About N$36 million has been discovered through a high level 90-day investigation to have been defrauded from the Namibia Revenue Agency (NamRA) through provisional tax refunds, a double increase from the N$15 million announced earlier in March, before the agency moved to effect a moratorium on refunds in an effort to crack down on fraudsters.
The moratorium has however been lifted as of today, according to NamRa’s commissioner Sam Shivute, who said the agency is now working towards cracking down on those involved and recoup the misappropriated millions.
The investigations began in March when it was discovered that N$15 million was paid out in refunds to underserving recipients through fraudulent and manipulation of the system. It is alleged that, individuals tax payers’ profiles were changed to provisional status of farmers by mostly tax payer representatives or bookkeepers; which is associated with tax payers earning an income from sources additional to their employment such as farming.
Subsequently, the revised returns would be submitted with inflated deductions, which then result in tax refunds becoming due to the alleged affected tax payer, explained the agency during a press conference held today.
So far 10 criminal cases have been registered with the police, as 409 alleged fraudsters from 17 institutions are linked to the scam are identified, with the possibility of more being nabbed as the figure is likely to surpass the N$36 million. Of the 17, five are big institutions of which investigations are yet to be concluded.
“The good thing is that the targeted people involved in the scam are all employed either in the private or public sector, so they are known and give us the guarantee to recover all the amounts. A moratorium will have been linked to their name, so that even if they resign, die or retire there will be no way they can evade as we have to issue a tax directive in order for their pension to be paid out. So have complete assurance of a total recovery,” vowed Shivute.
Although he said nothing has been recovered yet despite having identified the culprits which involves five of the agency staff members, one of which has retired, another is on suspension and the remaining are still being investigated.
“We will recover the money, we are certain, the only delay why we have not done so was because the decision was done recently. So in two weeks-time we will start issuing letter of notices to the employers of the alleged scammers, so that deductions and repayments can begin,” he said.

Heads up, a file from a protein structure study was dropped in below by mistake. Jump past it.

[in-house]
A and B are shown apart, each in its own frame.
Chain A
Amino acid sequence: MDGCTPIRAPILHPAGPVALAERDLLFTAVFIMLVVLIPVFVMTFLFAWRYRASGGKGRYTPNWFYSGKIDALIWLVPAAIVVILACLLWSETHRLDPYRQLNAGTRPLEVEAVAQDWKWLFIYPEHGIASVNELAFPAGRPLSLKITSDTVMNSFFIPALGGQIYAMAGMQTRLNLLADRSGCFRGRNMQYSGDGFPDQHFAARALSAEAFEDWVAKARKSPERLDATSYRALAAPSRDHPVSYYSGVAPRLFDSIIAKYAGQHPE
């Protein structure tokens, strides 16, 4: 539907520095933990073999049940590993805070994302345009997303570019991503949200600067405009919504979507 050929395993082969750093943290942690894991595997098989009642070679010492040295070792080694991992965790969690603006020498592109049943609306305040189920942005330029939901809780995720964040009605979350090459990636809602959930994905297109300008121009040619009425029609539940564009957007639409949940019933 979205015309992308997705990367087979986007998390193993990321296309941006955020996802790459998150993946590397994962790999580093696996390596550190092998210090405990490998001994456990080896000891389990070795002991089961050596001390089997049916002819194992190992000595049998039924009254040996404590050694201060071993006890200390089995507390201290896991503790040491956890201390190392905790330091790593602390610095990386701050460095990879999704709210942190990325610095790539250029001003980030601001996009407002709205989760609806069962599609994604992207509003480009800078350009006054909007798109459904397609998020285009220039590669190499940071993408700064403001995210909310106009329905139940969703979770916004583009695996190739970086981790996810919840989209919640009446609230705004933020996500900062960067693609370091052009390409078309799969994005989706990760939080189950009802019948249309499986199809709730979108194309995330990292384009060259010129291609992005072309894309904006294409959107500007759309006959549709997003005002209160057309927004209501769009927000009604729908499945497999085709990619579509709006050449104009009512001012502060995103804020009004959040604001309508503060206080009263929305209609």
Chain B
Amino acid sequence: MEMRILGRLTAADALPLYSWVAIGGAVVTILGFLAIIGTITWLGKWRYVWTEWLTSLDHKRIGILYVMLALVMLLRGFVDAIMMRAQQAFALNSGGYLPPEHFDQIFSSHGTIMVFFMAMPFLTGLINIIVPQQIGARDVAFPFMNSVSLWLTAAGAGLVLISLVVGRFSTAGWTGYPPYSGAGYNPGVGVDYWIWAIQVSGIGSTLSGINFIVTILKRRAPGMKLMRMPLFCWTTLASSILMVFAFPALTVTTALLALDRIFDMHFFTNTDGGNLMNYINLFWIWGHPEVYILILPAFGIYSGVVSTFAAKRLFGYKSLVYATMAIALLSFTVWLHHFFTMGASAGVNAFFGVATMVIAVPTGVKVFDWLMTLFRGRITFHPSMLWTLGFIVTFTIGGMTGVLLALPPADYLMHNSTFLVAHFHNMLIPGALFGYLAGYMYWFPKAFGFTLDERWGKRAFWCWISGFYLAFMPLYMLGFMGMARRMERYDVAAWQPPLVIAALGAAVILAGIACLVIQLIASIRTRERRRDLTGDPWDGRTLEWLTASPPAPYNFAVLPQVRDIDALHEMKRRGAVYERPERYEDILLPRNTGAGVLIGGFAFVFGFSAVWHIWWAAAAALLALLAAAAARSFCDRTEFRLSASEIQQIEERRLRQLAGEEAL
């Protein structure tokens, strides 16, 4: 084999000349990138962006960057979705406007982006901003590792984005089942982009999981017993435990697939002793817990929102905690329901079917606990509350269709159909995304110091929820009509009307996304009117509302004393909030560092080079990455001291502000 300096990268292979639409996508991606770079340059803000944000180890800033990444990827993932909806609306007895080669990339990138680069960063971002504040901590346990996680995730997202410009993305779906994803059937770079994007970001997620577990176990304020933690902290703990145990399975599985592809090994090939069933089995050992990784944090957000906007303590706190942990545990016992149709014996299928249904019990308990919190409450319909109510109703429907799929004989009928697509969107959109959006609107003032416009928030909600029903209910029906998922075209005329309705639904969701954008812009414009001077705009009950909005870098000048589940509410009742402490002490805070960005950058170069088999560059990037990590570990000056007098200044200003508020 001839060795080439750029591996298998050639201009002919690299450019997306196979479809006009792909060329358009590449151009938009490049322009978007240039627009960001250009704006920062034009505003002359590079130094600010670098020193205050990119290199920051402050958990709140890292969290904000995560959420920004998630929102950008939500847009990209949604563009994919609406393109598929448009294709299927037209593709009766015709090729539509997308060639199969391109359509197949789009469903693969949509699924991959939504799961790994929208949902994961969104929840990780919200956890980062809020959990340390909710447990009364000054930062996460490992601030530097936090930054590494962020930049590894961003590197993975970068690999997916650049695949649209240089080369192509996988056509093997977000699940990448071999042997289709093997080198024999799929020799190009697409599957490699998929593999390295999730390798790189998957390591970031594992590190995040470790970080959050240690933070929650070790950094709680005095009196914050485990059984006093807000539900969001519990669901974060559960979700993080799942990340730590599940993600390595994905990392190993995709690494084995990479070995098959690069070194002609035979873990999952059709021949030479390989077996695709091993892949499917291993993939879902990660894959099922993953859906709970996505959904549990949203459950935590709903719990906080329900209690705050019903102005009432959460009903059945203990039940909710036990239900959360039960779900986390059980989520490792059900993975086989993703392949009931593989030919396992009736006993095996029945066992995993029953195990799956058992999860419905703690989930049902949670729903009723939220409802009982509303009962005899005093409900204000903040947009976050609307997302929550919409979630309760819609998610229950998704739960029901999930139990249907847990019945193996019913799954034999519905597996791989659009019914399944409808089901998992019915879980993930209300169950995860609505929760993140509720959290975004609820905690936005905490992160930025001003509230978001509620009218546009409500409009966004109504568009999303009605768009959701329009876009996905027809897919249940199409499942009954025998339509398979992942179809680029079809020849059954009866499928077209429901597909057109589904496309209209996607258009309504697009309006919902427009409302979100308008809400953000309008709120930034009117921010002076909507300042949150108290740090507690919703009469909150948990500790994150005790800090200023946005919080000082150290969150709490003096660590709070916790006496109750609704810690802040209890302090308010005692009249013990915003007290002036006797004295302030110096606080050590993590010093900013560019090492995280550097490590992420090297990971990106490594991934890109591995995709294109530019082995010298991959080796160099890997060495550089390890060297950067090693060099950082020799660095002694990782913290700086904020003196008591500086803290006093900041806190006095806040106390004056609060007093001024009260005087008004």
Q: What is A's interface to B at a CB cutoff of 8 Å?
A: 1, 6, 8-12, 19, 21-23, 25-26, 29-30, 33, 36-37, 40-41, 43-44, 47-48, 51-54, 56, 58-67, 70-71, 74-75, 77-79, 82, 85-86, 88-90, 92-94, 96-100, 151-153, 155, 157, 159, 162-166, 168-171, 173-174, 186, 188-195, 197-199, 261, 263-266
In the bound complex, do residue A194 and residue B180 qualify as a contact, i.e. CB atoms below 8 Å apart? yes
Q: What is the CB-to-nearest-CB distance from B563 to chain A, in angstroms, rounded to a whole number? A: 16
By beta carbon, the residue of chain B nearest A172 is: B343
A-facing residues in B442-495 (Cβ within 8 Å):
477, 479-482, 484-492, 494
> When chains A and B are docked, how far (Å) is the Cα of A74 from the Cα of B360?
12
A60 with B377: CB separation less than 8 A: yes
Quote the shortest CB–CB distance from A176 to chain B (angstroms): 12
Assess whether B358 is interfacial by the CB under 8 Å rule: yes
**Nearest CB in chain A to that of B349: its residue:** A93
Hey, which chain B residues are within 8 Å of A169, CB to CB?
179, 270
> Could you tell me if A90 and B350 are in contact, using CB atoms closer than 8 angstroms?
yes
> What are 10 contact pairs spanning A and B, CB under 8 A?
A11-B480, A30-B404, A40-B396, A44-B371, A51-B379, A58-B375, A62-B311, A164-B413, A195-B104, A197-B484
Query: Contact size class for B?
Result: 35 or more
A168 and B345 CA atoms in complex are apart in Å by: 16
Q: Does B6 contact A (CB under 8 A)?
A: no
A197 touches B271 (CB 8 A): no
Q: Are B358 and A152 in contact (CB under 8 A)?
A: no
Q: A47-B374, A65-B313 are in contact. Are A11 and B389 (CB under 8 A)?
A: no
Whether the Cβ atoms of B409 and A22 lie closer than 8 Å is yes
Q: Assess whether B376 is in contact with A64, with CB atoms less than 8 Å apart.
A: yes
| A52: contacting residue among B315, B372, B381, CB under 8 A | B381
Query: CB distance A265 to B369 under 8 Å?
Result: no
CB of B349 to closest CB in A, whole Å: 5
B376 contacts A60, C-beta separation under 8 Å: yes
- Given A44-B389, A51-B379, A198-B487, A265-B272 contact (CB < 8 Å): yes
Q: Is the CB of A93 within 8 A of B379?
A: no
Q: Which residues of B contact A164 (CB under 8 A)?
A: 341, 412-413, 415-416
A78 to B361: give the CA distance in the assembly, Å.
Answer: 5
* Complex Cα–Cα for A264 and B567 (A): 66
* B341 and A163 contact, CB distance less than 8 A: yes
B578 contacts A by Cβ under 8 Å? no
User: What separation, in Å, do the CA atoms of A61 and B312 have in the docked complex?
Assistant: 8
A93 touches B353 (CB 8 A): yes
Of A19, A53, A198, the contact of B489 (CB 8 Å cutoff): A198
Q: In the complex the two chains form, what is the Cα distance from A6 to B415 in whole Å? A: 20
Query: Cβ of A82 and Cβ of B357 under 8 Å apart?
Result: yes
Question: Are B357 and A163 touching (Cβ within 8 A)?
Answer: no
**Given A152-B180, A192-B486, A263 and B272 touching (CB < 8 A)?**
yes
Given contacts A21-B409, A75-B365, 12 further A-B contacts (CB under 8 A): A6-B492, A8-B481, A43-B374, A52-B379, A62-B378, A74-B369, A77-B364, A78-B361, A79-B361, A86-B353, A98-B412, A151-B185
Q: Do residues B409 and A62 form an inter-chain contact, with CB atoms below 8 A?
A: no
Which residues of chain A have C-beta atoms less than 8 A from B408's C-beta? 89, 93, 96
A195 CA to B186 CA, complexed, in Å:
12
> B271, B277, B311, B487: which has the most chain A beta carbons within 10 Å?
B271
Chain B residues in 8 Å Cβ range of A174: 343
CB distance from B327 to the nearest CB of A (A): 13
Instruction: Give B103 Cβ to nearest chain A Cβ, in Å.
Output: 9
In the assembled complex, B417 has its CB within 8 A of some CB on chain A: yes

Furthermore, he said, NamRa will enforce section 91 of the income Tax Act 24 of 1981 to recover paid funds where the facts show no basis of such claims. This will be done through the appointment of debt collectors and employers as collecting agents. “We do not care whether you received the refunds knowingly or not, we are coming for you to retrieve what is ours,” vowed Shivute.
The commissioner said, as of February 2022, total of 43 166 natural persons were registered as provisional tax payers, as deriving an income which does not constitute remuneration. And from March 2018 to February 2022, only 6268 of the tax payers claimed and received tax refunds for the different types of taxes worth N$950 million.
“N$496 million was in respect of income tax refunds paid to 4746 tax payers, who happen to be our target group. This group of tax payers remain the subject of the continuing investigation which in some instances has been concluded and criminal cases have been lodged with the police,” said Shivute.
Asked if instituting criminal cases as well as recouping the funds, is not double punishment, because irrespective whether you cooperate by agreeing to pay the scammed amount, it will still not absolve you from the long arm of the law, Shivute said, “in the financial sector the act allows us to deal with such matters administratively to recover what was taken dubiously, and also institute criminal cases against them, so there is no double jeopardy in this.”
The multimillion scam investigation is set to be wrapped up in August.